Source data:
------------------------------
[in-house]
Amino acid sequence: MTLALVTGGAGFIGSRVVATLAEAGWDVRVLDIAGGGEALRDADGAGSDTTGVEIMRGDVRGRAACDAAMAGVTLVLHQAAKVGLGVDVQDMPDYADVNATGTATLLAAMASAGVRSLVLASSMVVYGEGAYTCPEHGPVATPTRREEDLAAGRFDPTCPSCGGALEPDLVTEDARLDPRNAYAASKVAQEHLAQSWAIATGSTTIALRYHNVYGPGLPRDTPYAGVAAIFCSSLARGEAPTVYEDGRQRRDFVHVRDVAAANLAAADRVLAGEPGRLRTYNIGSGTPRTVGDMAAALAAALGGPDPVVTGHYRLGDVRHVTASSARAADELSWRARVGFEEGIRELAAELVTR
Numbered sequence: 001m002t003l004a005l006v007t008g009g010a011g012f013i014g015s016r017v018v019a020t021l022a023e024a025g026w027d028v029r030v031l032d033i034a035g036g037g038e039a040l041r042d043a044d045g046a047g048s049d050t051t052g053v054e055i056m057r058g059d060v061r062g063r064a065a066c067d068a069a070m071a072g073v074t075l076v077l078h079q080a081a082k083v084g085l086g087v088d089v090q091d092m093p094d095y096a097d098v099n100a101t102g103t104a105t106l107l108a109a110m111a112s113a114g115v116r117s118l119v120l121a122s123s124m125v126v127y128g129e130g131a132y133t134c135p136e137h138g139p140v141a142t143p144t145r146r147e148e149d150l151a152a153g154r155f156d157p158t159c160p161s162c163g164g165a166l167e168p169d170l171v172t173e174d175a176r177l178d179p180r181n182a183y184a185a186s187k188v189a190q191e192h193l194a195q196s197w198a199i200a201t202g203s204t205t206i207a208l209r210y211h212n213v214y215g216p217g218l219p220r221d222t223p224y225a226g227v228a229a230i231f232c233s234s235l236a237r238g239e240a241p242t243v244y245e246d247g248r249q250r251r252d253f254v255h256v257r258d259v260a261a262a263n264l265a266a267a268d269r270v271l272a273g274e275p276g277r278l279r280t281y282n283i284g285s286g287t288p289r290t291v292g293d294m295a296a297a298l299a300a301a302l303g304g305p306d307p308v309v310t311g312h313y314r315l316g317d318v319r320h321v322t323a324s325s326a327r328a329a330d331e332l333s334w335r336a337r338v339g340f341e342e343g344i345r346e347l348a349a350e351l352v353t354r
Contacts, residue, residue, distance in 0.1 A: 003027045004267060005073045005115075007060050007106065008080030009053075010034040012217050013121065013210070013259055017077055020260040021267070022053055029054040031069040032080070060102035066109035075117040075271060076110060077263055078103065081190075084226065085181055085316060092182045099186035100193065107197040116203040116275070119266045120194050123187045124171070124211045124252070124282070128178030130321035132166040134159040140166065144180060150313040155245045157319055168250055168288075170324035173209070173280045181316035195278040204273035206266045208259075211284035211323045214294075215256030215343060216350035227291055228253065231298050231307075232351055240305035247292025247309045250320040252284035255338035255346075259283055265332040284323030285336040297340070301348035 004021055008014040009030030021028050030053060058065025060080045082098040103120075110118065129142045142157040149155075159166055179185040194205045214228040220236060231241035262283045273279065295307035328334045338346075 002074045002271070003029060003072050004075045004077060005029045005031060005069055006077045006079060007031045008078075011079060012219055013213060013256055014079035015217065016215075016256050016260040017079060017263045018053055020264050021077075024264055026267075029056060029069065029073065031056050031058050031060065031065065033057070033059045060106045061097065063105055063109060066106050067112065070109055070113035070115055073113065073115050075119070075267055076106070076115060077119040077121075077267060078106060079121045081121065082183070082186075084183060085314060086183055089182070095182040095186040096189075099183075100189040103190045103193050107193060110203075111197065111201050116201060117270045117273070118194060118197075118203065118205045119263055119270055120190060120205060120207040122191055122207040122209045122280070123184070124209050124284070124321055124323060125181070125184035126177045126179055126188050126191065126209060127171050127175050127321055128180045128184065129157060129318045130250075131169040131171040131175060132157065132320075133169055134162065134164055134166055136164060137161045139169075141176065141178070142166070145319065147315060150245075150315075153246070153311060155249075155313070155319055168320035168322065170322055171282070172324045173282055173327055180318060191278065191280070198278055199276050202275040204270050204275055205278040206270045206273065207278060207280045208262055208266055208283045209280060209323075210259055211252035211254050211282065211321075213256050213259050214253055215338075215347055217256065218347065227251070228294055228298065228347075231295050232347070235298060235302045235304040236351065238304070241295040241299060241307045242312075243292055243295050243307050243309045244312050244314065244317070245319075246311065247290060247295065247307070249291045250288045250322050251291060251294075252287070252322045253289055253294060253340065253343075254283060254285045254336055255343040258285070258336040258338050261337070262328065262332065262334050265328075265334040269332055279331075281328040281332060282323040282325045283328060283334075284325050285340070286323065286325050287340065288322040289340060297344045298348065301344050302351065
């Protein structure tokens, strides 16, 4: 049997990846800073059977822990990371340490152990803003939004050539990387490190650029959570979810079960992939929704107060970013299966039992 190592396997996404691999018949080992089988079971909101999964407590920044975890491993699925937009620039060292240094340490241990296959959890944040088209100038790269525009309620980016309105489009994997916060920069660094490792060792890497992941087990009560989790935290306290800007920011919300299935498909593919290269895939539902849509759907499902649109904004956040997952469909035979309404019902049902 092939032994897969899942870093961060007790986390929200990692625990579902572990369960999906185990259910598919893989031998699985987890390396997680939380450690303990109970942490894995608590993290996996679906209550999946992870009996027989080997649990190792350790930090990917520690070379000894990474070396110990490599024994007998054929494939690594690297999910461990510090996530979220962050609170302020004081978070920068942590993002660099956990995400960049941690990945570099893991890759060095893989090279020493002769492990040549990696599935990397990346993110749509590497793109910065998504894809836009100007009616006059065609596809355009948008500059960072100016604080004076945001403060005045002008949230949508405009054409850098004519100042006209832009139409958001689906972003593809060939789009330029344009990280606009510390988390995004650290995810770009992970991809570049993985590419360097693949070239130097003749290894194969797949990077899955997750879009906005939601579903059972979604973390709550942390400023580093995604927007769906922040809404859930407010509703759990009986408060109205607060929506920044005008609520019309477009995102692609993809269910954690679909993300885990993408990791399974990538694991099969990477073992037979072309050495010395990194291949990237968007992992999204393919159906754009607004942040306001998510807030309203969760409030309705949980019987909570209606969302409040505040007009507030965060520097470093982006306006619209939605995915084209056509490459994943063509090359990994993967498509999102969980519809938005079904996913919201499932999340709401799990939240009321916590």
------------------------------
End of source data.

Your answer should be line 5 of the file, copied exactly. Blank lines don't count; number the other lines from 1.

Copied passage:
């Protein structure tokens, strides 16, 4: 049997990846800073059977822990990371340490152990803003939004050539990387490190650029959570979810079960992939929704107060970013299966039992 190592396997996404691999018949080992089988079971909101999964407590920044975890491993699925937009620039060292240094340490241990296959959890944040088209100038790269525009309620980016309105489009994997916060920069660094490792060792890497992941087990009560989790935290306290800007920011919300299935498909593919290269895939539902849509759907499902649109904004956040997952469909035979309404019902049902 092939032994897969899942870093961060007790986390929200990692625990579902572990369960999906185990259910598919893989031998699985987890390396997680939380450690303990109970942490894995608590993290996996679906209550999946992870009996027989080997649990190792350790930090990917520690070379000894990474070396110990490599024994007998054929494939690594690297999910461990510090996530979220962050609170302020004081978070920068942590993002660099956990995400960049941690990945570099893991890759060095893989090279020493002769492990040549990696599935990397990346993110749509590497793109910065998504894809836009100007009616006059065609596809355009948008500059960072100016604080004076945001403060005045002008949230949508405009054409850098004519100042006209832009139409958001689906972003593809060939789009330029344009990280606009510390988390995004650290995810770009992970991809570049993985590419360097693949070239130097003749290894194969797949990077899955997750879009906005939601579903059972979604973390709550942390400023580093995604927007769906922040809404859930407010509703759990009986408060109205607060929506920044005008609520019309477009995102692609993809269910954690679909993300885990993408990791399974990538694991099969990477073992037979072309050495010395990194291949990237968007992992999204393919159906754009607004942040306001998510807030309203969760409030309705949980019987909570209606969302409040505040007009507030965060520097470093982006306006619209939605995915084209056509490459994943063509090359990994993967498509999102969980519809938005079904996913919201499932999340709401799990939240009321916590």